He had me at frame one, measure one, and wouldn’t let go:

More, the press material included a rave by Mary Chapin Carpenter, describing his appearance as part of her UK tour at the Royal Albert Hall in London. That, dear readers, is huge—really huge. How could a lone singer and his guitars connect with listeners in its 8,000 places? Because he’s a world-class connector who can turn that space into your living room. Because his fearlessness can stop you in your tracks. So how could I not race to hear him up close, alive and well, in the Rubin Museum’s intimate auditorium?

The house was full; the crowd handsome, hip and sleekly dressed, in the know and waiting—like the six acoustic guitars already onstage—for their hero. The unlikely troubadour entered to a roar in his working clothes: intensely colored suit, shirt, tie, pocket handkerchief. And―surprise―knee-high Paul Bunyan boots made for striding.

One can analyze Scheuer’s music and lyrics; his harmonies are comforting,  but deftly laced with flashes of progressions that surprise (like his boots). Just when you think you know where things scheuer3are going they remind you that he’s the pilot. They twine around his lyrics, rhyme or free verse, complex ideas that pack a very direct emotional wallop. They sneak up on you; not so much flashes of surprise, but cannily structured bits of theatre that build stealthily to a climax, invade your heart. Don’t even try to distance yourself. Just give in to discovery.

What Scheuer has, in spades, is a low-key charm, a magnet that captures, and keeps, your attention. He is affable, chatting and singing, even when describing the darkest days of his life, and hilarious when recounting his meeting, and pursuing, Ms. Right. He has a lot of stories. What makes them go, whatever their content, is his generosity of spirit; he’s always in the moment, and you’re there with him. This is a man in the moon who enjoys performing and knows how to share his glow.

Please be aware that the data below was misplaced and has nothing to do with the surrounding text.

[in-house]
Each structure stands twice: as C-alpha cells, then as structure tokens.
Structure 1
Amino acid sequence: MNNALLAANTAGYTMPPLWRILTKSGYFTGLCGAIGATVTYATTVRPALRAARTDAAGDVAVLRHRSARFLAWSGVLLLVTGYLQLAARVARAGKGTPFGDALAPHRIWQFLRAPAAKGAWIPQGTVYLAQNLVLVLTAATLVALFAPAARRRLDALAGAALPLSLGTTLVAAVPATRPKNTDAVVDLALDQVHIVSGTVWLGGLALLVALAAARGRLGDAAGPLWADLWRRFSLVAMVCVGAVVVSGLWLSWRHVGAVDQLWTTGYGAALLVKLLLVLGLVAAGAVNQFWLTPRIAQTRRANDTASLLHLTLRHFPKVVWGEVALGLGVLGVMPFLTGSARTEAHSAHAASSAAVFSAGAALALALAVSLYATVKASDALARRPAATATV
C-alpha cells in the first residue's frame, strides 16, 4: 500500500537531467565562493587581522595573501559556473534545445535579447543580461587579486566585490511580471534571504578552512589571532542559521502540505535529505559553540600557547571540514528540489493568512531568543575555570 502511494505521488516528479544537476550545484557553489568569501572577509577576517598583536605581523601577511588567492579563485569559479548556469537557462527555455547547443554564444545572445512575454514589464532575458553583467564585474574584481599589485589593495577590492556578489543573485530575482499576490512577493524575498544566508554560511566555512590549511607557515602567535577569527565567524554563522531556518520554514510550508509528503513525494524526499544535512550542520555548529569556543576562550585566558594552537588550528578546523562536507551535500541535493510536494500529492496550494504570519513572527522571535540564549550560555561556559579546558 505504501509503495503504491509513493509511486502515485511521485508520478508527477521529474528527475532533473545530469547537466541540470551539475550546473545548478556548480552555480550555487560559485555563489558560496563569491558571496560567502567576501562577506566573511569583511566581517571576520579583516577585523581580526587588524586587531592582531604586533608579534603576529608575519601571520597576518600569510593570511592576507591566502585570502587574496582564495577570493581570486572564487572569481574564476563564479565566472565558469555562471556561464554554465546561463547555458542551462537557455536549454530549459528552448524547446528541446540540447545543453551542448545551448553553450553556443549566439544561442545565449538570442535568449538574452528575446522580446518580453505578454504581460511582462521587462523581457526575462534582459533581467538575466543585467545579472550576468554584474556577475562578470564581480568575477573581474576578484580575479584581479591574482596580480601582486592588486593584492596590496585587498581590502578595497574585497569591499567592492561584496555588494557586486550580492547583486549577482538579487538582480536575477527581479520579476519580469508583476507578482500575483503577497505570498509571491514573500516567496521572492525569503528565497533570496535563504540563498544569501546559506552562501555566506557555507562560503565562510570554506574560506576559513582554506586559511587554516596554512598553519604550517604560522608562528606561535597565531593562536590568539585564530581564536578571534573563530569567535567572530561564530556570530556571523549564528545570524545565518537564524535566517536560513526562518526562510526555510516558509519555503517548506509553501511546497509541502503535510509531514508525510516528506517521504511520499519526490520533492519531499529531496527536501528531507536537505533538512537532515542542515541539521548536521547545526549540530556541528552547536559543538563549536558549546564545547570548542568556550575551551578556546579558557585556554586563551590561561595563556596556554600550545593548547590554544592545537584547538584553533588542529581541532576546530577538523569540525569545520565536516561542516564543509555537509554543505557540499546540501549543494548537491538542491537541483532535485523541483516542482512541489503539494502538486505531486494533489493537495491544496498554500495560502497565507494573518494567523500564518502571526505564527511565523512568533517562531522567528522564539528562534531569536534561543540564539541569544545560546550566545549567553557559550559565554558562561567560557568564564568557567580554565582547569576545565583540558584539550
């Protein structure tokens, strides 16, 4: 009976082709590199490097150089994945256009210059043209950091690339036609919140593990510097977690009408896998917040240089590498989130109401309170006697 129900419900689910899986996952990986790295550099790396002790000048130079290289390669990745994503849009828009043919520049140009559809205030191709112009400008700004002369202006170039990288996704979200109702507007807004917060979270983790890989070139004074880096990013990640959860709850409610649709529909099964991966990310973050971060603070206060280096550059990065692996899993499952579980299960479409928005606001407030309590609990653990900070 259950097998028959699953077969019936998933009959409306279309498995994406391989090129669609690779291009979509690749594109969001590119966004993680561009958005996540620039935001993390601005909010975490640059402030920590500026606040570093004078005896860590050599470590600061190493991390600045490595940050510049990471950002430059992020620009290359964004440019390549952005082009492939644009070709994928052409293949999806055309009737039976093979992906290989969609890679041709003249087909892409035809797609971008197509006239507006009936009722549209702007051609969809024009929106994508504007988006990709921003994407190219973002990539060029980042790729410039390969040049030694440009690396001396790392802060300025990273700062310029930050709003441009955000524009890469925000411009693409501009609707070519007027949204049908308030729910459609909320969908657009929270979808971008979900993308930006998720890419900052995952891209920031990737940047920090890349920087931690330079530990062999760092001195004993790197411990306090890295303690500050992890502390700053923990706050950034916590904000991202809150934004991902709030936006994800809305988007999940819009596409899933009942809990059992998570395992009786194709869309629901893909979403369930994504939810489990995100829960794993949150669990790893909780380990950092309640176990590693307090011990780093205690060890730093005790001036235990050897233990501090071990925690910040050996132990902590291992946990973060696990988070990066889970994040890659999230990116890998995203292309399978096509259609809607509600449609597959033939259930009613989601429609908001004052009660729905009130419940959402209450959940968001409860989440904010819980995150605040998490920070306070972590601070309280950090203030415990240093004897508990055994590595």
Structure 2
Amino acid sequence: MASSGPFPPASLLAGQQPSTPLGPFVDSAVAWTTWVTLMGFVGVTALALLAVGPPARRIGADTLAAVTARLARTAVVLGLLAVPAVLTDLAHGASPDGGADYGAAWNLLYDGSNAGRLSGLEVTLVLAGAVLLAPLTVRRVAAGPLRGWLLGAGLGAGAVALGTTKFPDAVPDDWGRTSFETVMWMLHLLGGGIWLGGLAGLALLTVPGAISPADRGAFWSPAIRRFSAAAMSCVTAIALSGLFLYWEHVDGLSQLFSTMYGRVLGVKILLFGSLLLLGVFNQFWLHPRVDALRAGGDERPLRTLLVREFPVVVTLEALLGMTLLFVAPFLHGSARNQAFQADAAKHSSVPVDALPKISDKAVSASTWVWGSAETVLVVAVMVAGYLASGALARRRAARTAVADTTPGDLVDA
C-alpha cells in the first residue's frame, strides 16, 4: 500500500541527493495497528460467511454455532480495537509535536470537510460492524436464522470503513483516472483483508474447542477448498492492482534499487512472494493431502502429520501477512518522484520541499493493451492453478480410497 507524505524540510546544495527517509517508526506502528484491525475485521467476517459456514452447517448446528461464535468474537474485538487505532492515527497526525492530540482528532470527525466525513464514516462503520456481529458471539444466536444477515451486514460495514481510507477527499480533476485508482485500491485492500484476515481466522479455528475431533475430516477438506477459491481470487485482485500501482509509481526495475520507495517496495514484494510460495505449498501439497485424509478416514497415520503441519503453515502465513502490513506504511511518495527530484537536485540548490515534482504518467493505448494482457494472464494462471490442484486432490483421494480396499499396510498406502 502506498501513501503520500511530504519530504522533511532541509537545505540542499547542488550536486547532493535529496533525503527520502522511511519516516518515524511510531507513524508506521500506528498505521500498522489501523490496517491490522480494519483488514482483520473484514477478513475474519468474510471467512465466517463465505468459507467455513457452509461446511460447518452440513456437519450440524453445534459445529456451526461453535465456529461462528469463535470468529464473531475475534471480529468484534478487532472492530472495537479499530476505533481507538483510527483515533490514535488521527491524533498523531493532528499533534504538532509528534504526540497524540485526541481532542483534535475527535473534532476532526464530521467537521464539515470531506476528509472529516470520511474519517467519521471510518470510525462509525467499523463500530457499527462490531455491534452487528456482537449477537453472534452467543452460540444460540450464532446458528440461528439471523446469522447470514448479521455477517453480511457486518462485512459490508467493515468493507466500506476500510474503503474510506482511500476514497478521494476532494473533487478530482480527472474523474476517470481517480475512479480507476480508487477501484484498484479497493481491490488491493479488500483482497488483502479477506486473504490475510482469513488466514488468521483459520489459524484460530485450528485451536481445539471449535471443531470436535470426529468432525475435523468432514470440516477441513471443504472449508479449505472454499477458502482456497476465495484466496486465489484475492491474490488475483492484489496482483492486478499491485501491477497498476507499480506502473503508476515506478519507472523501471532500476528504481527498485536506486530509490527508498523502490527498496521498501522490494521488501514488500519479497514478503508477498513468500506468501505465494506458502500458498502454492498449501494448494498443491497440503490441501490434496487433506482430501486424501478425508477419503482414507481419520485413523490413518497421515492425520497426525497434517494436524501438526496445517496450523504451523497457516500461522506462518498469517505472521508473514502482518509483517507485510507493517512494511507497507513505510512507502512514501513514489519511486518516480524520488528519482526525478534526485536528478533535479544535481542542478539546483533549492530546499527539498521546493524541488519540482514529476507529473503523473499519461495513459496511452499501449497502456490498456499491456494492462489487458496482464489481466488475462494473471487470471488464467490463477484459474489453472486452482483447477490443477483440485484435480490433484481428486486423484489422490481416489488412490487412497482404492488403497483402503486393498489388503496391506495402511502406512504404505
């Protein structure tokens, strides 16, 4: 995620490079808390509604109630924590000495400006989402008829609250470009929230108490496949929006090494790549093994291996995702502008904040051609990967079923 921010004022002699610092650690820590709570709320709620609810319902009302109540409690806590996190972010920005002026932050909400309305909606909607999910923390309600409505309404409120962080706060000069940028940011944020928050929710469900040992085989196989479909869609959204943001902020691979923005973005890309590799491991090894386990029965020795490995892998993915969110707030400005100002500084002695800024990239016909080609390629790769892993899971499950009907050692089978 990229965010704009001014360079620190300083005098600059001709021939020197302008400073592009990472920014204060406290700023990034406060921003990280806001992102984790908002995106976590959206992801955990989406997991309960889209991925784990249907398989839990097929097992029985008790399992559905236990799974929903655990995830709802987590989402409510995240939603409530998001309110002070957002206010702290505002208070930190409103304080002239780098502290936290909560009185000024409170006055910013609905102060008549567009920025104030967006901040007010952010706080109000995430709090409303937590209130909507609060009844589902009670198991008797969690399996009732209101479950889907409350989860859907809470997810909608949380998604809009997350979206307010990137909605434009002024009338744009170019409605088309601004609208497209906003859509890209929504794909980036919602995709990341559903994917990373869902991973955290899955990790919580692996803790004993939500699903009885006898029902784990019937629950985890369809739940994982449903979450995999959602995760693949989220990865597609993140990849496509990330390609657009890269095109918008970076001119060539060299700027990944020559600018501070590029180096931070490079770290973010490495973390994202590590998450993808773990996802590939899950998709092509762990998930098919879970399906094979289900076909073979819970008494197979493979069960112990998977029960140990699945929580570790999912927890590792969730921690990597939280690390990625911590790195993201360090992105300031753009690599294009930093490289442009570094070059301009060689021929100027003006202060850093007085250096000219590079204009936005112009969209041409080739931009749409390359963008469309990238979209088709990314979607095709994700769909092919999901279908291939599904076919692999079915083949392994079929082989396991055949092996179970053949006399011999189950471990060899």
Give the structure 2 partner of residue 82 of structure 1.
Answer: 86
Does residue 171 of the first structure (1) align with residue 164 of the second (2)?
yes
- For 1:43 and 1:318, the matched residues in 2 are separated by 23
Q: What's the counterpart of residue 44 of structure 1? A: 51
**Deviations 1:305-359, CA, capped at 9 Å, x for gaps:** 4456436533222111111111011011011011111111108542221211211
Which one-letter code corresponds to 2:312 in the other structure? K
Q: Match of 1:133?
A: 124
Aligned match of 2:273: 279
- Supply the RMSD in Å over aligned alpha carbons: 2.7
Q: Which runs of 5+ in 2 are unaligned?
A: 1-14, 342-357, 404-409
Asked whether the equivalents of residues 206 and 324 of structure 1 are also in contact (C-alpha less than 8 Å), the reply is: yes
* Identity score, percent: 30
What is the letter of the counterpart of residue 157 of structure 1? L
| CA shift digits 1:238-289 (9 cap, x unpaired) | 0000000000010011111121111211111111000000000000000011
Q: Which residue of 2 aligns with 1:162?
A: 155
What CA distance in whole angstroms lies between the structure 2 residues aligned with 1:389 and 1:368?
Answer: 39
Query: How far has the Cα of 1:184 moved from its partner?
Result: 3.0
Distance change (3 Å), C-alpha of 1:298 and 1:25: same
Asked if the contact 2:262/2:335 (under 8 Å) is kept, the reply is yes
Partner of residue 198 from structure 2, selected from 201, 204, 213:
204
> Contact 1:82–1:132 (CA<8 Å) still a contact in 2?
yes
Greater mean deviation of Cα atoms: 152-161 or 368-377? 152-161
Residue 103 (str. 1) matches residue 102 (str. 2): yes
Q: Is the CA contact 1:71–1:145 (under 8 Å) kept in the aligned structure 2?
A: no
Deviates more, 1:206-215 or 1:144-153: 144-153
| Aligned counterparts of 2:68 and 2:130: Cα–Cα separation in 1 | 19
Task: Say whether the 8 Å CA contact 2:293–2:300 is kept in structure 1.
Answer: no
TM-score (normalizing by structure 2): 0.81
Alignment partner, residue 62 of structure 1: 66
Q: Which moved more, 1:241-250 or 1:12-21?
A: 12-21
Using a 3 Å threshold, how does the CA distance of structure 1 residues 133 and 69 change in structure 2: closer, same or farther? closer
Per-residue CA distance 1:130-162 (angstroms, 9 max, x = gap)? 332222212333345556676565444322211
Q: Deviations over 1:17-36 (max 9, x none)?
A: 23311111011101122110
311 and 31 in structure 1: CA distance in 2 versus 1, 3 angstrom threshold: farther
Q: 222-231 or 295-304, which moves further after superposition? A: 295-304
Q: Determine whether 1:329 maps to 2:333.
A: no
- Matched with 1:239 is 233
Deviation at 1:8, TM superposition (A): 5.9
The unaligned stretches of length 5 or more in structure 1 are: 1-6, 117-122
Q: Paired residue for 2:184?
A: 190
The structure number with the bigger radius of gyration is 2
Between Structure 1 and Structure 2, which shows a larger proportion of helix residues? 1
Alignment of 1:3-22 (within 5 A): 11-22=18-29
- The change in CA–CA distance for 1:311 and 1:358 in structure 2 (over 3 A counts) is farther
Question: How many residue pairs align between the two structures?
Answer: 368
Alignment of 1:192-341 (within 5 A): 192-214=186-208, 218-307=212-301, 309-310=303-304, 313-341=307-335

He’s an alumnus of the Johnny Mercer Foundation Songwriters Project, a music theatre crucible where creatives are driven to the next level. Also an alumnus of Eton and Harvard. Yes, his background has given him access to the basics of being Out There. But it’s his enormous talent 

Benjamin Scheuer in the hip musical hit "The Lion." Caption: Karen D'Souza Photo credit: Matthew Murphy Courtesy of ACT

Benjamin Scheuer in the musical hit “The Lion.”
Caption: Karen D’Souza Photo credit: Matthew Murphy
Courtesy of ACT

and empathy that have moved him far beyond the benefits of favors to win the laurels he deserves. He’s his own man, and they are very, very real. He has also chosen collaborators, kindred spirits (like Peter Baynton,who directed his videos) who have found exactly the right key to make his songs resonate on stage and screen.

Now for the bottom line: those songs make you cry, except when they make you laugh. He has the gift of alchemy. His father’s death and his own illness have been transmuted into universal experiences that cut right through your defenses and any scar tissue you’ve accrued from living in the 21st century. The real miracle is how he’s made lemonade out of some really colossal lemons. He stands tall and radiates hope, and you catch it, like some redemptive antibiotic. Especially when he announces that he will celebrate his fifth anniversary of being cancer-free this July.

If you’re lucky enough to snag a ticket, celebrate the occasion with him in person at Guild Hall in East Hampton on July 1st (https://www.guildhall.org/). You can watch his videos on YouTube (there are many) and relish the CD of Songs from THE LION (Paper Music/ADA). His Web site (http://benjaminscheuer.com/) will tell you 242BenjaminScheuerwhere to catch him live later on: this troubadour is taking his show on the road, big time! Shine on, Ben―shine on. It’s a lovely light.

Apollo’s Girl

June 18, 2016

Film

apollo and lyre

 

Open Roads: Just Gone,
but Not Forgotten…
HRW: Right Here, Right Now

What’s not to love about Open Roads? Always overflowing with joie de vivre, poetry and violence; with the occasional historical film to open roadsrelish, and resonant with the humanity for which the Italians are famous. Of course it can come at a price—heightened decibels―but two of this year’s standouts at the Film Society of Lincoln Center were whispers, far more powerful than any shout.